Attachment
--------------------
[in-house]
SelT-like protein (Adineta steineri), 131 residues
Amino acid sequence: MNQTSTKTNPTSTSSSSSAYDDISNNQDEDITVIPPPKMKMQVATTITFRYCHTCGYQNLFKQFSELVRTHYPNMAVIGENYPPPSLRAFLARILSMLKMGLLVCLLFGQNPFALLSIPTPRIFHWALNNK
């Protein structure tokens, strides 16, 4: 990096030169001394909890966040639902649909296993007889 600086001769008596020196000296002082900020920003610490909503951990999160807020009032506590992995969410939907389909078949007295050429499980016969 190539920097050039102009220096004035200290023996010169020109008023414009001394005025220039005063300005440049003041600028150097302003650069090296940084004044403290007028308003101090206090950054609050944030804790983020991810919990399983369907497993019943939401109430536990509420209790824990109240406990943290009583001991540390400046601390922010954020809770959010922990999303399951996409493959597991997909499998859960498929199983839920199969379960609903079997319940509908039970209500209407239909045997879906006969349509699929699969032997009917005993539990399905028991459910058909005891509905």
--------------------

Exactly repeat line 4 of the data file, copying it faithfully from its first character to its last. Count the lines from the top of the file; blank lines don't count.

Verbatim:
């Protein structure tokens, strides 16, 4: 990096030169001394909890966040639902649909296993007889 600086001769008596020196000296002082900020920003610490909503951990999160807020009032506590992995969410939907389909078949007295050429499980016969 190539920097050039102009220096004035200290023996010169020109008023414009001394005025220039005063300005440049003041600028150097302003650069090296940084004044403290007028308003101090206090950054609050944030804790983020991810919990399983369907497993019943939401109430536990509420209790824990109240406990943290009583001991540390400046601390922010954020809770959010922990999303399951996409493959597991997909499998859960498929199983839920199969379960609903079997319940509908039970209500209407239909045997879906006969349509699929699969032997009917005993539990399905028991459910058909005891509905």